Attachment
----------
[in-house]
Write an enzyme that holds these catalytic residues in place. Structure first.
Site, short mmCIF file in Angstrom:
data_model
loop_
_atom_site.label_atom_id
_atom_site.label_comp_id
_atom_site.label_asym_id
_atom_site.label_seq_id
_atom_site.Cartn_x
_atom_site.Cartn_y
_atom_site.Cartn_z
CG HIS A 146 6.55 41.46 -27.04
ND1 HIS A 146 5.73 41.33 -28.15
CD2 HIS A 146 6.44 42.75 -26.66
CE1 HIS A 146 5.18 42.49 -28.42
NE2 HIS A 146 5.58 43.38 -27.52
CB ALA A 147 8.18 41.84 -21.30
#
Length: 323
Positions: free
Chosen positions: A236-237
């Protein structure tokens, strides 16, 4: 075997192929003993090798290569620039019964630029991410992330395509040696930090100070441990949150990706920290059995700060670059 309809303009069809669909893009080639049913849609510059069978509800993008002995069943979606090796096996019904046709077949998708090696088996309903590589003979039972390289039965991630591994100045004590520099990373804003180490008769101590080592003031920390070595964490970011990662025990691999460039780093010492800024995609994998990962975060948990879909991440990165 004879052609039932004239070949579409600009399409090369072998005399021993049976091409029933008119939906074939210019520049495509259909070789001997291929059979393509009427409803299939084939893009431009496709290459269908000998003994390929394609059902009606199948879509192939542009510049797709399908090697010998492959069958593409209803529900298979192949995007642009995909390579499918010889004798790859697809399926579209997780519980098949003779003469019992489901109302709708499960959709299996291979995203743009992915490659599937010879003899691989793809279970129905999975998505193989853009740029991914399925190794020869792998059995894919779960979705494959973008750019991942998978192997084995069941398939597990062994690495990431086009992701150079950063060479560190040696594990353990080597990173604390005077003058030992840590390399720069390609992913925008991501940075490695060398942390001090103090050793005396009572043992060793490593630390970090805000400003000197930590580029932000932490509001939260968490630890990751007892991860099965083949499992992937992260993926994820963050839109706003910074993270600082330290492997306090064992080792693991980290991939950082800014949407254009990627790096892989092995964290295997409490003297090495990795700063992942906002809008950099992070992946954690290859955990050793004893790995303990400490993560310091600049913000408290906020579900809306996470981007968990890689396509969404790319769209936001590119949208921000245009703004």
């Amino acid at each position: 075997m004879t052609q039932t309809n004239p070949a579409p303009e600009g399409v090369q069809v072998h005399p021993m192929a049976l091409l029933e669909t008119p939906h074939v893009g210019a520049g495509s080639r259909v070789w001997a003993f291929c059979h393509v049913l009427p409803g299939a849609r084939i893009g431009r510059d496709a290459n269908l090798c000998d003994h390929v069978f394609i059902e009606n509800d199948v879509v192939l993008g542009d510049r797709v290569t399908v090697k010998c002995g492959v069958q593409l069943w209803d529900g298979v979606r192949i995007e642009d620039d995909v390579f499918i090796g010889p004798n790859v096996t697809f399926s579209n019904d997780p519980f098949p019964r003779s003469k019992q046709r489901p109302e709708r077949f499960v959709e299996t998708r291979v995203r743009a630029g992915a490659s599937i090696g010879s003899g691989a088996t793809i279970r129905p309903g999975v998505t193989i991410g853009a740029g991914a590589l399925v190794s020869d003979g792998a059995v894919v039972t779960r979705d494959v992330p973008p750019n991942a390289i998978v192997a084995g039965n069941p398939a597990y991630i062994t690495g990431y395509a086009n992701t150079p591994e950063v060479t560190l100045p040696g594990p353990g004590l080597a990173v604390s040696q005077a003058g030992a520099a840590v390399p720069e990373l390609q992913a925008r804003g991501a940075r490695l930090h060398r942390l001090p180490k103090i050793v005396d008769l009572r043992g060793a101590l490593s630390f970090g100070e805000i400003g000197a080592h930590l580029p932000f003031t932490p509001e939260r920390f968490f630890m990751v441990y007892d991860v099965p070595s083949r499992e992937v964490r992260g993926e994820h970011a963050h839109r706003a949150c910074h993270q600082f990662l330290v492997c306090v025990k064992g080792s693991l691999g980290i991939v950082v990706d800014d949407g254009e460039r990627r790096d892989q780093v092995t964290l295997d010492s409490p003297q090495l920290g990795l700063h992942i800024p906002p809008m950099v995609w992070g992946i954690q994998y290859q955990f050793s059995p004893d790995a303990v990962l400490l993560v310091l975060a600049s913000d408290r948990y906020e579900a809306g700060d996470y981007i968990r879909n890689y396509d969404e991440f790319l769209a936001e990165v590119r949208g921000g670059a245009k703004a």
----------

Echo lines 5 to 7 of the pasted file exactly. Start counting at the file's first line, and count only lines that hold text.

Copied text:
loop_
_atom_site.label_atom_id
_atom_site.label_comp_id